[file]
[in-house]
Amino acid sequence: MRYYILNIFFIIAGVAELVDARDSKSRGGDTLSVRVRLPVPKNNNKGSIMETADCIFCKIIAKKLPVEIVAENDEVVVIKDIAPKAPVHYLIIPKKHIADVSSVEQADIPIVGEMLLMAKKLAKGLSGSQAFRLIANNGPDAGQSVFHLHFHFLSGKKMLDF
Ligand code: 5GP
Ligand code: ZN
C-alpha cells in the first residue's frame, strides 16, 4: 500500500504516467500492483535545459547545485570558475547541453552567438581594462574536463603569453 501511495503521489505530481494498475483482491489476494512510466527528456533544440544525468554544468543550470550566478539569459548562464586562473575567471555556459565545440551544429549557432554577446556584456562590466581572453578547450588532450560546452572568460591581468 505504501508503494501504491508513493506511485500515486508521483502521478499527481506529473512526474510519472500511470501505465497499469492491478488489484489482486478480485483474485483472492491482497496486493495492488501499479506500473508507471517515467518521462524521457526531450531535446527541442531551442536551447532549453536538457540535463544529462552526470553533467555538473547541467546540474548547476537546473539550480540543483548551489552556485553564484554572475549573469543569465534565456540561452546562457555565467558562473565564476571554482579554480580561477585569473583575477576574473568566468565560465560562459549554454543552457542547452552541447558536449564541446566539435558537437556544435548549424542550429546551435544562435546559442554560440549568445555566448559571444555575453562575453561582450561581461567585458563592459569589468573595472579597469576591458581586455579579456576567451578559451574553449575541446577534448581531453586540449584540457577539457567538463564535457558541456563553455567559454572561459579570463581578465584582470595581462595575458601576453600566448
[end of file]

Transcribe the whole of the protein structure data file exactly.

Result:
[in-house]
Amino acid sequence: MRYYILNIFFIIAGVAELVDARDSKSRGGDTLSVRVRLPVPKNNNKGSIMETADCIFCKIIAKKLPVEIVAENDEVVVIKDIAPKAPVHYLIIPKKHIADVSSVEQADIPIVGEMLLMAKKLAKGLSGSQAFRLIANNGPDAGQSVFHLHFHFLSGKKMLDF
Ligand code: 5GP
Ligand code: ZN
C-alpha cells in the first residue's frame, strides 16, 4: 500500500504516467500492483535545459547545485570558475547541453552567438581594462574536463603569453 501511495503521489505530481494498475483482491489476494512510466527528456533544440544525468554544468543550470550566478539569459548562464586562473575567471555556459565545440551544429549557432554577446556584456562590466581572453578547450588532450560546452572568460591581468 505504501508503494501504491508513493506511485500515486508521483502521478499527481506529473512526474510519472500511470501505465497499469492491478488489484489482486478480485483474485483472492491482497496486493495492488501499479506500473508507471517515467518521462524521457526531450531535446527541442531551442536551447532549453536538457540535463544529462552526470553533467555538473547541467546540474548547476537546473539550480540543483548551489552556485553564484554572475549573469543569465534565456540561452546562457555565467558562473565564476571554482579554480580561477585569473583575477576574473568566468565560465560562459549554454543552457542547452552541447558536449564541446566539435558537437556544435548549424542550429546551435544562435546559442554560440549568445555566448559571444555575453562575453561582450561581461567585458563592459569589468573595472579597469576591458581586455579579456576567451578559451574553449575541446577534448581531453586540449584540457577539457567538463564535457558541456563553455567559454572561459579570463581578465584582470595581462595575458601576453600566448